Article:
Extremely clunky prose, melodramatic event on top of melodramatic event, extremely cliche and expected ending, annoying characters, and a plot that went absolutely nowhere. I really don't know what I was supposed to like in this novel.
My thought is that the reason this book is on the list is a cultural one. According to the introduction, the book held a large amount of controversy with authorities from Georgia claiming that the acts in the book were very far from the reality of the situation. My guess is that the book shone a light on the incredible poverty in the region described, and the inhumane actions that were placed on it. A large number of works of art have gotten credit for political actions like these, and they should, but dear god, can't we at least get something close to literary merit with our political actions? If not, then just write a damn essay. It's a lot easier to interpret. If you look at someone like Lewis Hine, who took incredibly gorgeous pictures of child labor around the 1920's, you can see that it is possible to shed light on events in the world that need to be addressed while still making good art. Caldwell missed the second part.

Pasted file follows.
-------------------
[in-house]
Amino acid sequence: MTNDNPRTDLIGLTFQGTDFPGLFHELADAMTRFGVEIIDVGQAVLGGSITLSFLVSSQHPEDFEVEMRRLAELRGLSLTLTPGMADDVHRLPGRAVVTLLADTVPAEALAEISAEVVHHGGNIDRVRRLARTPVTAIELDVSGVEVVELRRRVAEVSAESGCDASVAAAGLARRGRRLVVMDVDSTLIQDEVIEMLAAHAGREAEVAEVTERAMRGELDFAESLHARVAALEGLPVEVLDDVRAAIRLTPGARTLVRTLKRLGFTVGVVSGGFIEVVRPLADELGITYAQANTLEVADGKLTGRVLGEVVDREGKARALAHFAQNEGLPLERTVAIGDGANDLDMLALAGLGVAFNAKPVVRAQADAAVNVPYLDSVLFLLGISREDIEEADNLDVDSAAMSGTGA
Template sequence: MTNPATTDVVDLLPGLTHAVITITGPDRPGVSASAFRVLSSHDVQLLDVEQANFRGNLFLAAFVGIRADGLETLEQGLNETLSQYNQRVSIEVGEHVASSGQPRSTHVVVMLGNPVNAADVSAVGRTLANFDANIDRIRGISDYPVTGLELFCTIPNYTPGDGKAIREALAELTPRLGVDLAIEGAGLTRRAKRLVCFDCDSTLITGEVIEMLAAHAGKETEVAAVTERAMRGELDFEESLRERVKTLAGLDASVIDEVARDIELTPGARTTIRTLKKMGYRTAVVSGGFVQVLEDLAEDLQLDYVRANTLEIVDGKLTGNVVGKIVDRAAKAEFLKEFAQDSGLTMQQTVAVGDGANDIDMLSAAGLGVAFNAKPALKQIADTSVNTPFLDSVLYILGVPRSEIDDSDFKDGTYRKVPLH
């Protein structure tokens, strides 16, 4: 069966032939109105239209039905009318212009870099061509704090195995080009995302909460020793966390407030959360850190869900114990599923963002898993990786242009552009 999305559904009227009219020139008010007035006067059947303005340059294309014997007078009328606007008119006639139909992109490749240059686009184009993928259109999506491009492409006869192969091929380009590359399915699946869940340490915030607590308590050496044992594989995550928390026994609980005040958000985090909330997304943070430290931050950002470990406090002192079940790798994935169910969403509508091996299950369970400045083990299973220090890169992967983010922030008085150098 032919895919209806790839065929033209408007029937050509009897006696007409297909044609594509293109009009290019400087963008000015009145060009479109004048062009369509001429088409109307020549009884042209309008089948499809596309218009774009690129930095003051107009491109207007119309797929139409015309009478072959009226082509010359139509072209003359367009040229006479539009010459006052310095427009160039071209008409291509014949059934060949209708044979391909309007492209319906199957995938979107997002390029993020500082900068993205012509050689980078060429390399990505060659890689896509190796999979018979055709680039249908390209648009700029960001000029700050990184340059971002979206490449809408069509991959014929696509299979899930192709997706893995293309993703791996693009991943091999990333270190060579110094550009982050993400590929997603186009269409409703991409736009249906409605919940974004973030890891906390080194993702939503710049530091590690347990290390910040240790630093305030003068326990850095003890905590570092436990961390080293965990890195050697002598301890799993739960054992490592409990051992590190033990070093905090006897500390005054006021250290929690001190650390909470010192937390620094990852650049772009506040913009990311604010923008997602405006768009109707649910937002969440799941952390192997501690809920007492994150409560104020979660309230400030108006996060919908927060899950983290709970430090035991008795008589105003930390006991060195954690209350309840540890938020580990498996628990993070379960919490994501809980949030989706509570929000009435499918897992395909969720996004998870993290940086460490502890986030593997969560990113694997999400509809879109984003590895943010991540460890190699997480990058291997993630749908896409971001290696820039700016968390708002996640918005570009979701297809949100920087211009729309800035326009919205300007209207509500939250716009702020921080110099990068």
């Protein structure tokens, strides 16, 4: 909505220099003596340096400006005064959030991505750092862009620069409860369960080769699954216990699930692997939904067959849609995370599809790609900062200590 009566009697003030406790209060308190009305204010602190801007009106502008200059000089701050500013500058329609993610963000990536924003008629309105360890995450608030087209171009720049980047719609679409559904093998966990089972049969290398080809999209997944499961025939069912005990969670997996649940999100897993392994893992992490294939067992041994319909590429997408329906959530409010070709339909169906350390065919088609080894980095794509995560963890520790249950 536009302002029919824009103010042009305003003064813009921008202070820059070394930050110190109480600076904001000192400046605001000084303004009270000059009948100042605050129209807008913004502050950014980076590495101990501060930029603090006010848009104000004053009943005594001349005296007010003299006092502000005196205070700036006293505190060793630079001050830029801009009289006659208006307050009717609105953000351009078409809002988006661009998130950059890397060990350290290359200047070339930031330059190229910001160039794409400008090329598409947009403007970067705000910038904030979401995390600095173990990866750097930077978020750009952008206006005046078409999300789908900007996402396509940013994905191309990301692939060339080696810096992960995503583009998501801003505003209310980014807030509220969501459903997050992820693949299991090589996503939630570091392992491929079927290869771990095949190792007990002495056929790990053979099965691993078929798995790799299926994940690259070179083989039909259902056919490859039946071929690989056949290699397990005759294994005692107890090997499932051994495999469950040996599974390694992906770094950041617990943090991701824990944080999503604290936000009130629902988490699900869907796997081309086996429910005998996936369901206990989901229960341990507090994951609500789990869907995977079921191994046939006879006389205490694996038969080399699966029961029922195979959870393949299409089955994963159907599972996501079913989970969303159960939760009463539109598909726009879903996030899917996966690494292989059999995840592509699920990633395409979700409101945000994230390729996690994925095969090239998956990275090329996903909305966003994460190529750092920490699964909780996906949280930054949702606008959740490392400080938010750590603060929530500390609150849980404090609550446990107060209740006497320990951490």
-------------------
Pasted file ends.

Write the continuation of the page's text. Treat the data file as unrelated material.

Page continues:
Another disturbing part of this book- The version I picked up was a picture book, filled with photographs of people from the area around the time the book took place. Every so often, I flipped a page and was face to face with an old, dirty, toothless man staring back at me. Caught me off guard every time.